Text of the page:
Most of the people who would swear in my books would do so in language I would not care to report, so something like ‘swore filthily’ does it for me.


  8. Well, in Australia we curse a lot. So “cursing brightly” just won’t cut it. For me, authenticity is important, so if it fits the character and the scene, then I say, don’t hold back!


    • Thanks for stopping by Alarna! I figure the amount of exposure is regional, but given the situation in the book I read it really seemed strange. Especially when the author had an f-bomb on the next page! Now no one who read this post will be able to read, “he cursed brightly,” without giggling! I hope editors keep it out of my book!


  9. Good question. I use cuss words VERY sparingly while writing. They make many people uncomfortable (like me) and I think those who overuse them are indulging in creative laziness to a certain extent – going for shock INSTEAD of awe.

    Having said that, sometimes a curse word is absolutely what is needed to stay in character.


    • Thanks Peg! I agree and it depends on the situation too.
      It has been great to get everyone’s opinion on this topic. I have learned a lot!
      If you are Tarantino, you can get away with anything and somehow it works!


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    • I know what you mean! I have gotten more of a potty mouth as I’ve gotten older and the kids are in college. I do watch who I drop curse words with. I am usually pretty careful and only say them with a smile…..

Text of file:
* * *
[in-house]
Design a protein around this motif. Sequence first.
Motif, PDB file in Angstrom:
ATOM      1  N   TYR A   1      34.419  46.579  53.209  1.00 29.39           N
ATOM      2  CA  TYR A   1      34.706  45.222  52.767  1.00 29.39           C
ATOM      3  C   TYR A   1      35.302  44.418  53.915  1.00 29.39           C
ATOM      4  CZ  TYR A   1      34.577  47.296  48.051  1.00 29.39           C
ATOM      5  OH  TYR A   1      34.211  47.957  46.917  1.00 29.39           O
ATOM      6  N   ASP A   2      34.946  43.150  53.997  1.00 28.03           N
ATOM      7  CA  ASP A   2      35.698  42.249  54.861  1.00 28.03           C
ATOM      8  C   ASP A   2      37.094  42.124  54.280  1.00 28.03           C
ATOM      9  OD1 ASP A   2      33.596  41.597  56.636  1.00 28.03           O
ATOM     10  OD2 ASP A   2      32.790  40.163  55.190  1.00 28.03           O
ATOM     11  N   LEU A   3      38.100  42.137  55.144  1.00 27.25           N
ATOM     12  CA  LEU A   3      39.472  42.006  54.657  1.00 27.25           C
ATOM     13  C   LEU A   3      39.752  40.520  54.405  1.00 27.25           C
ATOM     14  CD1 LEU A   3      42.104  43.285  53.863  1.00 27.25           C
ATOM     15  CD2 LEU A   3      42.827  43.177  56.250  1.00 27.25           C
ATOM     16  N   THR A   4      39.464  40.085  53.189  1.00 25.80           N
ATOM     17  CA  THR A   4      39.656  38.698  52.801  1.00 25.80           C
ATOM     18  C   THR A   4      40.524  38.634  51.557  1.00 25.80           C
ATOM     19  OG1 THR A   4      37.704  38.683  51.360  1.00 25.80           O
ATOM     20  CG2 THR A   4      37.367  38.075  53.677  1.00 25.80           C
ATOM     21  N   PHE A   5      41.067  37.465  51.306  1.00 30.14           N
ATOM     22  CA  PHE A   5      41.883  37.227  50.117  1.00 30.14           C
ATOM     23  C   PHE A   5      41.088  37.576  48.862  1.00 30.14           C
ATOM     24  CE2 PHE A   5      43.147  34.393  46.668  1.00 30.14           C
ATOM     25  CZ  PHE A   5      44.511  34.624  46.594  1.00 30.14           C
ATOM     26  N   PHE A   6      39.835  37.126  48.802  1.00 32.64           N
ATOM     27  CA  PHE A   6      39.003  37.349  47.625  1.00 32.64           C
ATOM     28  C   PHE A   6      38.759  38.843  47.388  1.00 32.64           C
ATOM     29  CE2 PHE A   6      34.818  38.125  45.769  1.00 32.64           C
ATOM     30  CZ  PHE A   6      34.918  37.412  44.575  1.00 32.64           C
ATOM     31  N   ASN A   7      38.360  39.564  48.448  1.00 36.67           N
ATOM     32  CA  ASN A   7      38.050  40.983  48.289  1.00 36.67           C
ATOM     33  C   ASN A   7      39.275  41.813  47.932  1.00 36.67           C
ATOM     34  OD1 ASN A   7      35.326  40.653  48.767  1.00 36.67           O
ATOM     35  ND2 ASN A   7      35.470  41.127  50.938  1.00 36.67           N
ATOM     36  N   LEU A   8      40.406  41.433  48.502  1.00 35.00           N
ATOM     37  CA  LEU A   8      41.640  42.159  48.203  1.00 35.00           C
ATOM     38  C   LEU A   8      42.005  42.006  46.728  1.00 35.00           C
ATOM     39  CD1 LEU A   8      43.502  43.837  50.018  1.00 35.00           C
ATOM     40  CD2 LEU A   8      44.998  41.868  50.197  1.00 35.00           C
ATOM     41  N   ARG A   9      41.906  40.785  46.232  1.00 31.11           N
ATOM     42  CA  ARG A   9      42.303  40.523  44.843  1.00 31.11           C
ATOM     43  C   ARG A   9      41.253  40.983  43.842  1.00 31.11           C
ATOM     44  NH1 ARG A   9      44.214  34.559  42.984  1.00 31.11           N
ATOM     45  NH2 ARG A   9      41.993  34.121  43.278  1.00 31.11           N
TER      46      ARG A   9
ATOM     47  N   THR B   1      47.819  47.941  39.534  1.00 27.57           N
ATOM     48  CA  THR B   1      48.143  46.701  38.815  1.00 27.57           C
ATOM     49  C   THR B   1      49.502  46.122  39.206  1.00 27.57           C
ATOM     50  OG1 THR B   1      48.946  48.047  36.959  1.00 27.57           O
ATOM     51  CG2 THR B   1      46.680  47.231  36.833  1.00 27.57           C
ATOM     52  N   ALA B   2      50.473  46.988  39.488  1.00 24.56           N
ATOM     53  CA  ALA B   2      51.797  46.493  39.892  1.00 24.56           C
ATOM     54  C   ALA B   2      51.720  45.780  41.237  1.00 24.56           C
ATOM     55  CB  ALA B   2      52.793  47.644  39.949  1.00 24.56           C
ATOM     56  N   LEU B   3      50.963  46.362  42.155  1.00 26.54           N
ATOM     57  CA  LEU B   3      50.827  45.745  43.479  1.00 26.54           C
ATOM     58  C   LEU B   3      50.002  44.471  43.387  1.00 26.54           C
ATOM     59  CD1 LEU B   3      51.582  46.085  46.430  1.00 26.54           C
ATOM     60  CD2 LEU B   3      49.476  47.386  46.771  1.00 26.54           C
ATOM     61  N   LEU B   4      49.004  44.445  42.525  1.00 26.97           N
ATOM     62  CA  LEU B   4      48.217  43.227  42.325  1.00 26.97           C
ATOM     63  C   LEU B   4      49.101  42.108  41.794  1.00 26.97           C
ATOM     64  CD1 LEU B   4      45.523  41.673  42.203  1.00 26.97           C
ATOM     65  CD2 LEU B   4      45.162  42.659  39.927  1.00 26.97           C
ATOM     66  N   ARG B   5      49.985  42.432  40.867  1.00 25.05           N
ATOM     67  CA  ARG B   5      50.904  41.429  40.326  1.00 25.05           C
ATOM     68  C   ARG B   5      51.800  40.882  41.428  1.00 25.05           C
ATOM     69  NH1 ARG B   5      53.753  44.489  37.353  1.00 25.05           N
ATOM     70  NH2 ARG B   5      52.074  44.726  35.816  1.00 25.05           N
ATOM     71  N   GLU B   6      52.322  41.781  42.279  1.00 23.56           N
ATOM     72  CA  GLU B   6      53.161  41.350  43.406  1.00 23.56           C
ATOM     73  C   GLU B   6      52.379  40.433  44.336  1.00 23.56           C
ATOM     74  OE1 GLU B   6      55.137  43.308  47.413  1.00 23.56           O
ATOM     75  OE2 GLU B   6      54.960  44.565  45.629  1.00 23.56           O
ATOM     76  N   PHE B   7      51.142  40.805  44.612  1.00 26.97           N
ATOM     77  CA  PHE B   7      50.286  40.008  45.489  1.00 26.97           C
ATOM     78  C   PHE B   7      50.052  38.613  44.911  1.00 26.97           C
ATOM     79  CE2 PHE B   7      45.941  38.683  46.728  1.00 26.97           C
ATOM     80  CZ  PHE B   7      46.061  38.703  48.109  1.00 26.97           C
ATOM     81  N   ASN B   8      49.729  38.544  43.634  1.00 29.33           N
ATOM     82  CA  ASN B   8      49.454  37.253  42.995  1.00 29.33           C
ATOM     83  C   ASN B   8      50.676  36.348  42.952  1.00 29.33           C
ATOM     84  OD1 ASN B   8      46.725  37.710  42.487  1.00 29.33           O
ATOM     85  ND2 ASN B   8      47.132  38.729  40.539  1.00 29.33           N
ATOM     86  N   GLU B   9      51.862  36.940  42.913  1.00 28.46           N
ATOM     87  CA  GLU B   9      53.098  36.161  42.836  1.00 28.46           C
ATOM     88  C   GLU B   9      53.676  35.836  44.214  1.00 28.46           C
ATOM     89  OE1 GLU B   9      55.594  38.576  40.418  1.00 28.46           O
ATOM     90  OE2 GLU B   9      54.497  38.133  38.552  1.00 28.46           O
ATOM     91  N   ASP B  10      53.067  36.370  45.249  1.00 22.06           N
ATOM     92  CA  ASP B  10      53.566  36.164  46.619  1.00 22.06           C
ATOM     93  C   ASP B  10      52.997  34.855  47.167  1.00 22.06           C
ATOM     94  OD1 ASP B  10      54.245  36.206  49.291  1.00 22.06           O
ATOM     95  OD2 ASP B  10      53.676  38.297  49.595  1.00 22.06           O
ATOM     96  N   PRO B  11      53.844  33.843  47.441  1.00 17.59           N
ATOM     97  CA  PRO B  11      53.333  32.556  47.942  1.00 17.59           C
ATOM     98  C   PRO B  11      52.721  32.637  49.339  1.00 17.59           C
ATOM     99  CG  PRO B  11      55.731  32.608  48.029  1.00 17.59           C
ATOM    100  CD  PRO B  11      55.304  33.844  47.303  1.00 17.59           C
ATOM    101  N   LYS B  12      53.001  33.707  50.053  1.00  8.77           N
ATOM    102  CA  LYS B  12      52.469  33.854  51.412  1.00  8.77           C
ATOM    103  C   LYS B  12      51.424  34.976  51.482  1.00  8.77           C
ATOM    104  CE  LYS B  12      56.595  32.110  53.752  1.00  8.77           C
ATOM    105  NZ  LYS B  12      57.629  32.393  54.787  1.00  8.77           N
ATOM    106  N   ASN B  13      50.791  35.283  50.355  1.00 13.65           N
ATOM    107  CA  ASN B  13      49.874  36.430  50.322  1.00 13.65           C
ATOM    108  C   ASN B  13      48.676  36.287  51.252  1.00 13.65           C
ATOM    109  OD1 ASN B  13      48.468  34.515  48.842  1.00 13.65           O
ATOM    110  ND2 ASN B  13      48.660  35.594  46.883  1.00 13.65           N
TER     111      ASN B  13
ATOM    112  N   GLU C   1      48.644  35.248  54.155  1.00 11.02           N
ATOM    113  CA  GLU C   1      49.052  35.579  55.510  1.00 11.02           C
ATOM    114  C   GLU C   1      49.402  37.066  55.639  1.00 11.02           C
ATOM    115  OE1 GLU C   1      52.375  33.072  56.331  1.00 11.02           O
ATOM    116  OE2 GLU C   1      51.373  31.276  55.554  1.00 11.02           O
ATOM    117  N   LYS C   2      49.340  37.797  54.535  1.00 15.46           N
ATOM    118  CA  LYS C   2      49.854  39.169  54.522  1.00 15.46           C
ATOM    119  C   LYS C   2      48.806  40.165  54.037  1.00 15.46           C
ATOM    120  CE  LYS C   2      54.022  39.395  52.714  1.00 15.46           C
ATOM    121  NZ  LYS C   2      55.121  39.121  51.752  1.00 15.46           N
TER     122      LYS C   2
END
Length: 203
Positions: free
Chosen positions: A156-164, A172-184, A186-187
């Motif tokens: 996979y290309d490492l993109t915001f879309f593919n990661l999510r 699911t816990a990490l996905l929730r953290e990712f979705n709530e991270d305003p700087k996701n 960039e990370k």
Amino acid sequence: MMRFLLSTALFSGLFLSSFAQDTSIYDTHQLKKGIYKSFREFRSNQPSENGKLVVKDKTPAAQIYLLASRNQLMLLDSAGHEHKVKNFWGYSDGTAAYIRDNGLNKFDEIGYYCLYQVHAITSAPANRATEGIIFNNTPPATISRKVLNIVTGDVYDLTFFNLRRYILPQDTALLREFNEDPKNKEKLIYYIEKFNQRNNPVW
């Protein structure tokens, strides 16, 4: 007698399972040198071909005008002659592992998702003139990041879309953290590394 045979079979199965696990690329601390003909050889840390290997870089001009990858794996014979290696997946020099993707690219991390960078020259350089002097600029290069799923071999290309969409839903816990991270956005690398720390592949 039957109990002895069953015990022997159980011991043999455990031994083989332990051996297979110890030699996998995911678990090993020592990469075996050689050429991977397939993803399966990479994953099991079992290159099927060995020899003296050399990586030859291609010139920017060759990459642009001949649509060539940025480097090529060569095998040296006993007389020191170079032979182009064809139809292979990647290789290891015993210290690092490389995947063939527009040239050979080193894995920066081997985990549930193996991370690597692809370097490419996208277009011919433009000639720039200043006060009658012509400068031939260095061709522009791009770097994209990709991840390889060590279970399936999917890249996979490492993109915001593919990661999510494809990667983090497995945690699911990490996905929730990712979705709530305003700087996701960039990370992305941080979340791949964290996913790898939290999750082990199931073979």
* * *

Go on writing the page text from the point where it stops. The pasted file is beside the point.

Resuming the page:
Thanks August! Somehow I missed your comment!


  11. What a great post! As a woman who rarely cusses herself and doesn’t relish novels with a barrage of cursing, I’ve given this issue quite a bit of thought. But when I wrote my YA novel with a teenage baseball catcher frustrated by his friend’s terrible pitching, I just couldn’t write: “Your butt, not mine.” Seriously? What self-respecting 17-year-old boy would say that?!!! Of course I happily settled on “Your ass, not mine.” No other reasonable way to write it.

    I look for other options instead of going straight for the curse word, but sometimes it shows characterization, setting, or voice better than anything else. (By the way, did anyone curse darkly in said novel?)


    • Thanks so much Julie! I loved your feedback!
      I was going for realism in my adult novel, but I don’t want to turn anyone off. It really is hard to please all the masses, but in this particular novel, there is an F-bomb on the next page!
      I found one more “bright” curse, if you can believe it, but no darklys! I gotta believe it happened in editing. I really think this particular thriller can handle the cursing. If they felt it was too much, they could have left it out! But hey! I am glad for the blog post. I learned so much and have edited since!
      Have a great weekend!


  12. Oh my dear, me drop the f-bomb… Never! Insert🙄

    “cursed brightly” what the hell is that all about? As long as your swearing is realistic and appropriate, I’ll buy it, I guess I’ll have to if I’ve already bought it. And please don’t fret typing fuck… just don’t spell with ampersands and other symbols.

    I’d actually rather talk about the photo, which is about the cutest I’ve seen of you, Susie. Even Sexy, I might add.


  13. I have no problem with an occasional cuss word if it adds to the story or character. But if a character is constantly swearing, it makes for the character uninteresting and one dimensional.


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  16. How did I miss this post? Susie, it is so funny! I really like the idea of cursing brightly, and I’m going to do so today at work. “Dammit,” she said, brightly, a smile pasted to her face. “I have 402 emails to read. Yippee!”